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76  International / Deutsch / Re: Problem mit Sonderzeichen auf dem LCD-Display (Hitachi HD44780) on: October 05, 2011, 02:37:52 pm
Ich nehme an dass der Buchstabe, hier zum Beispiel 'ä', in der Textdatei des Quellcodes als UTF-8 abgespeichert wird (anstatt zum Beispiel ISO 8859-15, dem ANSI-Zeichensatz mit Euro). Dies bedeutet, dass Sonderzeichen, die nicht im ASCII-Zeichensatz enthalten sind (darunter fallen auch Umlaute) 16 Bit groß sind anstatt 8. Damit belegen sie auch 2 Plätze im String. Dein Switch/Case castet dann 'ä' auf 'ä'&0xFF, also nur auf das Low-Byte des 2-Byte-Zeichens. Das High-Byte läuft ungeparst durch deinen Sonderzeichen-Handler und taucht damit auf dem LCD auf.
UTF8 sieht so aus:
ä=0xC3A4, das entspricht in ANSI (und auf A02-LCDs) ä, auf A00-LCDs dem Katakana te und einem kleinen diagonalen Strich, der wahrscheinlich irgendwelche Bedeutung als Satzzeichen oder so etwas hat.
ö=0xC3B6 = ANSI ö = te ka
ü=0xC3BC = ANSI ü = te shi
Und das andere japanische Zeichen beim Grad-Symbol ist auch erklärt:
°=0xC2B0 = ANSI ° = tsuu (tsu mit Chouonpo, einem Verlängerungszeichen)
Ein
Code:
case 'Â':
case 'Ã': continue;
sollte zumindest für Umlaute, Grad und ß das Problem lindern.
77  Forum 2005-2010 (read only) / Troubleshooting / Re: Atmega8L-8pu on: January 22, 2011, 01:39:47 pm
You can, but keep in mind that they are not guaranteed to run on 16 MHz. They usually do, though. You can also substitute an ATmega168-10PU or an ATmega328P-20PU, both can easily run at 16 MHz and have Arduino-compatible firmwares shipped with the Arduino client software.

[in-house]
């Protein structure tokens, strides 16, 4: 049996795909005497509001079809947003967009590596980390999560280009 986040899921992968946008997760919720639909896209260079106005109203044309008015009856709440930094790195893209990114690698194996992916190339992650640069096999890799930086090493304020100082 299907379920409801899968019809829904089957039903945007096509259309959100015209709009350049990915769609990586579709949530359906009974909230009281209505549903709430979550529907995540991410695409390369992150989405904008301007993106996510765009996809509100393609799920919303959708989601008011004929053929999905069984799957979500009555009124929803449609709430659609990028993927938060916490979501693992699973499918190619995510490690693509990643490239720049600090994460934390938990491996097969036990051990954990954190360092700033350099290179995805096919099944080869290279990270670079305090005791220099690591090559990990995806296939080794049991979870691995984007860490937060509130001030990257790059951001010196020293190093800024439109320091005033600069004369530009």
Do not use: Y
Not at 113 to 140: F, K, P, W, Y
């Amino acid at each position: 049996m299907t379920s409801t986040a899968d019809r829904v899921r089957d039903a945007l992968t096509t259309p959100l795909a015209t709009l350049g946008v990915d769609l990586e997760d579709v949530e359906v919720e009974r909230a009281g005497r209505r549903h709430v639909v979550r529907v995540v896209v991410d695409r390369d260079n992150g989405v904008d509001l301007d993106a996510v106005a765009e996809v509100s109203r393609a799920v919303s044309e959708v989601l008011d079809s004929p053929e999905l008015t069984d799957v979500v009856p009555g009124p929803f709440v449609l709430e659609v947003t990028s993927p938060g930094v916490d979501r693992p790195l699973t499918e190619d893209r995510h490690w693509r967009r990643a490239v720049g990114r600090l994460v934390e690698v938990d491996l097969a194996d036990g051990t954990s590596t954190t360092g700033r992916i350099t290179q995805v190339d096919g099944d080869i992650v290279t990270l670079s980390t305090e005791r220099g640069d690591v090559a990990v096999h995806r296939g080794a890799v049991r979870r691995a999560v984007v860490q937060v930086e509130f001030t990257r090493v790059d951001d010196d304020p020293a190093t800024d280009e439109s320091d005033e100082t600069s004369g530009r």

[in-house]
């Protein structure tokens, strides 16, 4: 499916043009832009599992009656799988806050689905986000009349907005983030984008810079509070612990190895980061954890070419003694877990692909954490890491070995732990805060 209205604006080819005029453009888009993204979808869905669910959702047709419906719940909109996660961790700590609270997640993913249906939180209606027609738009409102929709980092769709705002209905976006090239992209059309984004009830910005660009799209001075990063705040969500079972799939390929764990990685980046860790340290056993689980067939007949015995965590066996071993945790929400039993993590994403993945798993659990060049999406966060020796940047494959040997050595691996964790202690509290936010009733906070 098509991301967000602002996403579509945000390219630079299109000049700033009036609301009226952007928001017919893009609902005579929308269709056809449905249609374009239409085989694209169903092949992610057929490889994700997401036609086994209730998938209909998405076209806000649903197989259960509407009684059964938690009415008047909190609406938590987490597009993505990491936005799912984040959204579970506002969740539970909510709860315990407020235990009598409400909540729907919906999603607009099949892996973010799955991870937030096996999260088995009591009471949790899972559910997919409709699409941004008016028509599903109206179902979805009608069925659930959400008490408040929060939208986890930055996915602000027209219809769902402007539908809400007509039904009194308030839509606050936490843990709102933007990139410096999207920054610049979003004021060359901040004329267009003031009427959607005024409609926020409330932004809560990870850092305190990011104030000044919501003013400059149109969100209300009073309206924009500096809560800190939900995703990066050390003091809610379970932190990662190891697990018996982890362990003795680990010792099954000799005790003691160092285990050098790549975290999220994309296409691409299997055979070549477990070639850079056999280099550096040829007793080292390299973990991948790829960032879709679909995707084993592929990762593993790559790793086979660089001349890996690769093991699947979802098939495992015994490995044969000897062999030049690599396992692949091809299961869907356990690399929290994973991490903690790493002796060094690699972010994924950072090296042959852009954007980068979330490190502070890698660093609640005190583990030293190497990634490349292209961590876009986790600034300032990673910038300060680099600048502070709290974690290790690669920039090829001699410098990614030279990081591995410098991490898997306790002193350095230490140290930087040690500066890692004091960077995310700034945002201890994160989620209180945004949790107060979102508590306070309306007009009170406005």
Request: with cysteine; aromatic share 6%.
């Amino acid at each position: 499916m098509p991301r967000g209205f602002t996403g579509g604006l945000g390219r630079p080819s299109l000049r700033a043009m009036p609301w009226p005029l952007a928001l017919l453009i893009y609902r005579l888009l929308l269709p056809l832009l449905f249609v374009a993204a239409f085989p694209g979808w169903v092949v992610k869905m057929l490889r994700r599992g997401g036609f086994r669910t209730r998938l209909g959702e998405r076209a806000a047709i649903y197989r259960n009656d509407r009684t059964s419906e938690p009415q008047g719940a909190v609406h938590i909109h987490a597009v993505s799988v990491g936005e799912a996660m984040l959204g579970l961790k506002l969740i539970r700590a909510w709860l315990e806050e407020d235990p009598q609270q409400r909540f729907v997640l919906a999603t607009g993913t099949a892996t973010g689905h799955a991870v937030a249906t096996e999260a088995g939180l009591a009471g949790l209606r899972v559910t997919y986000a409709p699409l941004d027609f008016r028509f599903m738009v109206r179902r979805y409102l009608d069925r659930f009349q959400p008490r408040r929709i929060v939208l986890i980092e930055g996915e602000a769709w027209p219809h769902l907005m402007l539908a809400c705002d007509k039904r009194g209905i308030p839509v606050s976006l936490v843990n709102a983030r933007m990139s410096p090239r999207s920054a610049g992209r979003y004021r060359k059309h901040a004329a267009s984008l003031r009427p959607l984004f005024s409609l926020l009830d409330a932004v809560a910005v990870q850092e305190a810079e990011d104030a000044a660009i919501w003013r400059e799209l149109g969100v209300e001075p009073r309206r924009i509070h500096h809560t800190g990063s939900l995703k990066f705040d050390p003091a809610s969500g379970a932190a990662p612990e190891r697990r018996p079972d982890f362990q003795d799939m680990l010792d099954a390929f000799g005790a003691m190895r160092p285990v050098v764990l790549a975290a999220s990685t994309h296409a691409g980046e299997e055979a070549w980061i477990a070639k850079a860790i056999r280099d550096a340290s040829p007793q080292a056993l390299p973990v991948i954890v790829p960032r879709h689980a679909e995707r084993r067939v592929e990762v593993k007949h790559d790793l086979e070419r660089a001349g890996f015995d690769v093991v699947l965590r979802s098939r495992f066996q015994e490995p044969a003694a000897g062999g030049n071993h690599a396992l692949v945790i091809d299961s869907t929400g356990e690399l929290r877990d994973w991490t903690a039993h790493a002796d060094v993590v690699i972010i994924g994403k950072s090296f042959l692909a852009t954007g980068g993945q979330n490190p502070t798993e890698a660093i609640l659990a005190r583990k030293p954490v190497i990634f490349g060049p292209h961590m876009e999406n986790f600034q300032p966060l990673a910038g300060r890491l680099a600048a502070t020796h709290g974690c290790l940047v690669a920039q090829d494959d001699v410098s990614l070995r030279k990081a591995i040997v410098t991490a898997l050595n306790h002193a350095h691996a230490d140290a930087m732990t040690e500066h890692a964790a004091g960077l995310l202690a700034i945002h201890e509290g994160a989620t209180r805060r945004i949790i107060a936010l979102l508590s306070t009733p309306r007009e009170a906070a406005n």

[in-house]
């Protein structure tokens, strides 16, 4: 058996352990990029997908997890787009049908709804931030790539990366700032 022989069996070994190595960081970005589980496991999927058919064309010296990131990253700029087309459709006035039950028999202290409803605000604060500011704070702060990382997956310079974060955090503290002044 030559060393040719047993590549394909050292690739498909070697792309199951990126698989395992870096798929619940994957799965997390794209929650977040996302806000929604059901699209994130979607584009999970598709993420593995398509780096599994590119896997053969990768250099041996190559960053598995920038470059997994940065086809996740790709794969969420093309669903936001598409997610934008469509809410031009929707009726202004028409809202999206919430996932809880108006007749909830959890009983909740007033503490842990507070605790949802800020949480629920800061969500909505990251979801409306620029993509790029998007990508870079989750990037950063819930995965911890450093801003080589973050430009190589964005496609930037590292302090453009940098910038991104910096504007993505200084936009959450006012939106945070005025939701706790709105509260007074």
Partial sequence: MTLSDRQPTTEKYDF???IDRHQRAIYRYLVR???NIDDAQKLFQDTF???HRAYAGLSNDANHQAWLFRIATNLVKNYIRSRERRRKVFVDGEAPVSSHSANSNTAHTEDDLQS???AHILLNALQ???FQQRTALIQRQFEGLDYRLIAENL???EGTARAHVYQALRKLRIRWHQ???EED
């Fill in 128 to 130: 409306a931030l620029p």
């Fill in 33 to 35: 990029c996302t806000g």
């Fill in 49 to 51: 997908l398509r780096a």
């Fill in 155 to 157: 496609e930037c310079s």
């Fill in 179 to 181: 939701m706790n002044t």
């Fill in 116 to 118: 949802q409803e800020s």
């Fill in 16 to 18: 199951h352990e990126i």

78  Forum 2005-2010 (read only) / Troubleshooting / Trouble with programming ATMegas on: January 21, 2011, 01:39:18 pm
Hi folks,
I'm new to physical computing, but I ran into problems while flashing my ATmegas with the Arduino bootloader, so I thought that your experience might be helpful.
A few weeks ago, I started experimenting with microcontrollers. I got an ATmega8-16PU and an 7805, flashed it with some modified Arduino code ( to use the 8 MHz internal oscillator) using a PonyProg serial bit-bang programmer, built the hacked-together Arduino serial interface using the Severino schematic and had some fun. Later I upgraded to a MAX232 and a 16 MHz Quartz, and when I used its newfound timing abilities, I probably fried it. The problem:  I had used the MISO as an imput, relying on the high input impedance. It was a lesson learned, never trust the pin states, and I knew I would do it better next time.

Now a pair of ATmega328Ps arrived, but when I tried to flash them with the Duemilanove bootloader, it exhibited the very same problems I had with the fried Mega8:
a) When I try to flash it, it does not actually write anything
b) After I have connected to the device, if I wait a certain time and then start to read from it, I get some weird byte sequence, always counting up from 0:
0x00 0x00 0x01 0x01 0x02 0x02 and so on.
Anybody here knows such a symptom and, more importantly, what causes it? Is it a fried µC, a bad serial port, an unreliable power supply or what is it?
I am a little afraid to try and burn my second Mega328 now. They are not awfully expensive, but not awfully cheap like some LED either, nor commonly in stock.
I wish I had a proper programmer, bot those guys are not too cheap either.
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